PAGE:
“companies that claim to breed and raise their own dogs are seen as a source of ‘trustworthy’ dog meat by the public, but...not a single dog meat company’s dogs are from their own breeding farms. The dogs are all acquired rural dogs”.

That is a damning indictment of the industry for anyone who claims that it is in any way regulated or that a dog meat breeding or farming system is in place. Also in the words of AnimalsAsia:

“Our investigations strongly point to what everybody familiar with the industry has long suspected—that the vast majority of China’s dog meat comes from stolen companion animals and that misinformation and illegality is rife at every stage of chain.”

That is the reality of the issue we are dealing with here.

To be clear, this is issue is not just about an aversion to eating dog meat. I am not entirely unsympathetic to the argument that this is a tradition dating back centuries, and that dogs have a very different cultural role in many Asian societies. I do not believe that it is generally this House’s role to tell societies abroad what they should or should not do based on western sensibilities, but we cannot allow tradition to be used as a smokescreen for practices that are barbaric, cruel, inhumane and disgusting—any word we could pick would not come close to what we are discussing here today. The link between the consumption of dog meat nowadays and traditions in those countries is extremely tenuous, to say the least.

Let me briefly draw the House’s attention to the annual Yulin dog meat festival in China. At least 10,000 dogs are consumed during the 10-day festival, which began only a few years ago—largely, believe it or not, as a way of attracting tourists.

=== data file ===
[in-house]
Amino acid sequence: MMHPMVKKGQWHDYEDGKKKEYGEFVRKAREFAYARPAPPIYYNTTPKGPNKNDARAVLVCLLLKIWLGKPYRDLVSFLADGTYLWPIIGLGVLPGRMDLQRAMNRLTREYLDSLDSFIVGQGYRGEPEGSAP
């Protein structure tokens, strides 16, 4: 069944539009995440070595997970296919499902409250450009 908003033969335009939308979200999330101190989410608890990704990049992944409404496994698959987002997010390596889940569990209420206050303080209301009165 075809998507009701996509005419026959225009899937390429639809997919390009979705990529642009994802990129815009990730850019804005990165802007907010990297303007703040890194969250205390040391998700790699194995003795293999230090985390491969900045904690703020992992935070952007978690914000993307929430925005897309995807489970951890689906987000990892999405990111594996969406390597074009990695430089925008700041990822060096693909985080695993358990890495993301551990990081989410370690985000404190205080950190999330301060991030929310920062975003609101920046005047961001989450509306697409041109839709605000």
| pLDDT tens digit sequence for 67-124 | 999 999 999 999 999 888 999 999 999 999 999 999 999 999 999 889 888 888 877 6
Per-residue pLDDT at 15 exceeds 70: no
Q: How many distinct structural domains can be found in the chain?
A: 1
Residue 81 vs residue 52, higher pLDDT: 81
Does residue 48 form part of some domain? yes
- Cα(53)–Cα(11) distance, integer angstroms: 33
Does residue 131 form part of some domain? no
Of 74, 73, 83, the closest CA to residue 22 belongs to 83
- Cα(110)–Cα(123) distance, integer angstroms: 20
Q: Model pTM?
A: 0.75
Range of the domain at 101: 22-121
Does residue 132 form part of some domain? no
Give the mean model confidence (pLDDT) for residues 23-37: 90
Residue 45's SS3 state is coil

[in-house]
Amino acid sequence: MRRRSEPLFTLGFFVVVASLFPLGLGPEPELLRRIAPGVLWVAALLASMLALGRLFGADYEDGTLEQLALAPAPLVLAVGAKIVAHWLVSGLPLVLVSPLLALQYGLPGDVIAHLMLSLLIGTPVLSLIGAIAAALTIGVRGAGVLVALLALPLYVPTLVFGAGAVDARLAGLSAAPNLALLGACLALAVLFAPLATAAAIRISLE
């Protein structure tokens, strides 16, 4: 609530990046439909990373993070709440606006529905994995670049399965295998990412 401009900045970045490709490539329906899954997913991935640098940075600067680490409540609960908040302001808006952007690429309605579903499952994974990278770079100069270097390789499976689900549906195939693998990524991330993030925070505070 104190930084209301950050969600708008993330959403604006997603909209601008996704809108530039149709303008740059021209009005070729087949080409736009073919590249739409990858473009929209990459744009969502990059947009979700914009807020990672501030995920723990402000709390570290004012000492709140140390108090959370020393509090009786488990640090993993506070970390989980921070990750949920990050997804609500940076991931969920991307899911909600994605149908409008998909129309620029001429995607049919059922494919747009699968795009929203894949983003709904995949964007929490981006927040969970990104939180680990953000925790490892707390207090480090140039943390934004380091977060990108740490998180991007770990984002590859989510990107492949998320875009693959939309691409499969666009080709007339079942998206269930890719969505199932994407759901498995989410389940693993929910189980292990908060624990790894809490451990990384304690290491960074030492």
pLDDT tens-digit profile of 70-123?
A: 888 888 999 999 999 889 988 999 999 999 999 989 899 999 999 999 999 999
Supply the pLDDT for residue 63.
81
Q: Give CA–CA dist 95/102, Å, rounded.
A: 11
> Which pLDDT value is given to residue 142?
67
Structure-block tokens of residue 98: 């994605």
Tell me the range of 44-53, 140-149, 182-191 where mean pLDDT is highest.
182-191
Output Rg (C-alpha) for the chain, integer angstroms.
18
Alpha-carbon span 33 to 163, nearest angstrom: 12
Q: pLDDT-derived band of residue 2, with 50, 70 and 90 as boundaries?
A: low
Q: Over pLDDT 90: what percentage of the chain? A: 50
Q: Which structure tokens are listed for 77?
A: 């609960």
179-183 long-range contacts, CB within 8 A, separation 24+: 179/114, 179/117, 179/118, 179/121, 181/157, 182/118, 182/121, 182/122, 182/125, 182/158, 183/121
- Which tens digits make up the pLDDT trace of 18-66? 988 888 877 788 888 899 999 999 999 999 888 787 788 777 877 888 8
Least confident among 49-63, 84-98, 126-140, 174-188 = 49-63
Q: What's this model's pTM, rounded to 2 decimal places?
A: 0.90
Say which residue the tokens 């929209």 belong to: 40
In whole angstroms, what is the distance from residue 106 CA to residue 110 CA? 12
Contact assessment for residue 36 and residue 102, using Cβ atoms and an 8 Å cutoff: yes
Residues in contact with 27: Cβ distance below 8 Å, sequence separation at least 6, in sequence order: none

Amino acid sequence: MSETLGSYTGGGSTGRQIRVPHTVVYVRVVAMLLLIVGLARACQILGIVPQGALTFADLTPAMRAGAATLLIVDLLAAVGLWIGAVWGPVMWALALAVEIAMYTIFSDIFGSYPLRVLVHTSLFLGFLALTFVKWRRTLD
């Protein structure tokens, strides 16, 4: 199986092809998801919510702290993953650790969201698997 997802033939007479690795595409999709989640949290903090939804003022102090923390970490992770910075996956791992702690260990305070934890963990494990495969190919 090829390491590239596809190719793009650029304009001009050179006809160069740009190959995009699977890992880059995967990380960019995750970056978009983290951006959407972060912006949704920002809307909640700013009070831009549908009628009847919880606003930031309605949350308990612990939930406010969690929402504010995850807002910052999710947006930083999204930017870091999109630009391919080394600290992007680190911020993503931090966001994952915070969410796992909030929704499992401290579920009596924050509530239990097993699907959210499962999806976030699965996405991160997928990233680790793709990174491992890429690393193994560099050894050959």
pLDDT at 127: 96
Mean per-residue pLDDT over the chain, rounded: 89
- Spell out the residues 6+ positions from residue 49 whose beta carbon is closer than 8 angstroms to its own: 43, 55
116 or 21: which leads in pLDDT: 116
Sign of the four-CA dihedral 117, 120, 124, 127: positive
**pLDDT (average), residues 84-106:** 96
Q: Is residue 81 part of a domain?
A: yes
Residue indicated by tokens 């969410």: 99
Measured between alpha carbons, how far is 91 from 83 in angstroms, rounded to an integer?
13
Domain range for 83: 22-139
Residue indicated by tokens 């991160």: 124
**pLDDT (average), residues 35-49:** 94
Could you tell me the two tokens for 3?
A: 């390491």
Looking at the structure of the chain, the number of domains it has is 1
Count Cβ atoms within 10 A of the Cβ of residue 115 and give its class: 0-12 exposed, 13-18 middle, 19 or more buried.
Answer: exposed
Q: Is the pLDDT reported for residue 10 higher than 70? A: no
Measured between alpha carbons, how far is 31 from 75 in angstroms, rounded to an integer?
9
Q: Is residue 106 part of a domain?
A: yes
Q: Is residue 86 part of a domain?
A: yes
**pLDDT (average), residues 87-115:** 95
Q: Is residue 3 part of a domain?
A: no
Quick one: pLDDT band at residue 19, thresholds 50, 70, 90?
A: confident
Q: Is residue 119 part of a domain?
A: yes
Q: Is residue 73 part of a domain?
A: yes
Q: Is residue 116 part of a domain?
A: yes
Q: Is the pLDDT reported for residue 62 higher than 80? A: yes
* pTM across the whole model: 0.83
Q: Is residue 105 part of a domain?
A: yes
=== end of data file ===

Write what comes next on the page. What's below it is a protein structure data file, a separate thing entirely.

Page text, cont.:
It may seem that there is little we can do to persuade the countries that I have mentioned to take action—after all, many of them have dire human rights records, so there may seem to be no point in requiring them to be kinder to animals—but that is not my view. Our country has led on animal welfare issues all over the world, and this issue should be no different. The Government can put pressure on those countries.

South Korea wants to be seen as an open, democratic, western-friendly society, but if that is to happen, it needs to start acting properly and behaving itself. Tens of thousands of holidaymakers from our shores go to Thailand each year. I understand that the law enforcement agencies there are now using DNA testing equipment to check the source of meat and make sure that dog meat is not being passed off as legal meat, but Thailand needs to do more: it needs to stop the trade with other countries. My constituency is in Stoke-on-Trent, and a large amount of ceramic ware is made in Indonesia. We need to ensure that countries like Indonesia understand just what potential British purchasers of their goods will or will not do when they learn what happens in those countries.

I hope—indeed, I know—that the Government will arrive at some positive conclusions, and they have uttered positive words in the past, but we need more than words now: we need some action. We should take heart from the fact that in China—which undoubtedly presents the biggest problem that we face in tackling the dog meat trade—members of the expanding middle class are beginning to speak out, and it appears that young people are beginning to shy away.

If the hon. Gentleman does not mind, I will not, because of the time constraints.

The Chinese authorities have not yet reached the stage of banning the Yulin festival, but, quite rightly, they are clearly somewhat embarrassed, and in 2011 a similar festival was banned in Zhejiang. We also know that the Chinese are happy to take action on other issues.

I hoped to make many further points, but I am afraid that I shall not be able to do so. Let me end by saying that, as we all know, dogs guide the blind. Dogs can help to detect cancer. Dogs help trauma patients. Dogs help children with learning disabilities. Dogs are used all over the world—and that includes China—to find victims of earthquakes. Dogs help us in many, many ways. Today’s edition of the Daily Mirror contains a piece about a dog that is part of a canine unit; the quote from the dog handler says it all. What dogs are not for is the barbaric, disgusting, cruel, vicious evil of being put on someone’s plate after being treated in the most horrible ways that the House, in its worst nightmares, could ever imagine.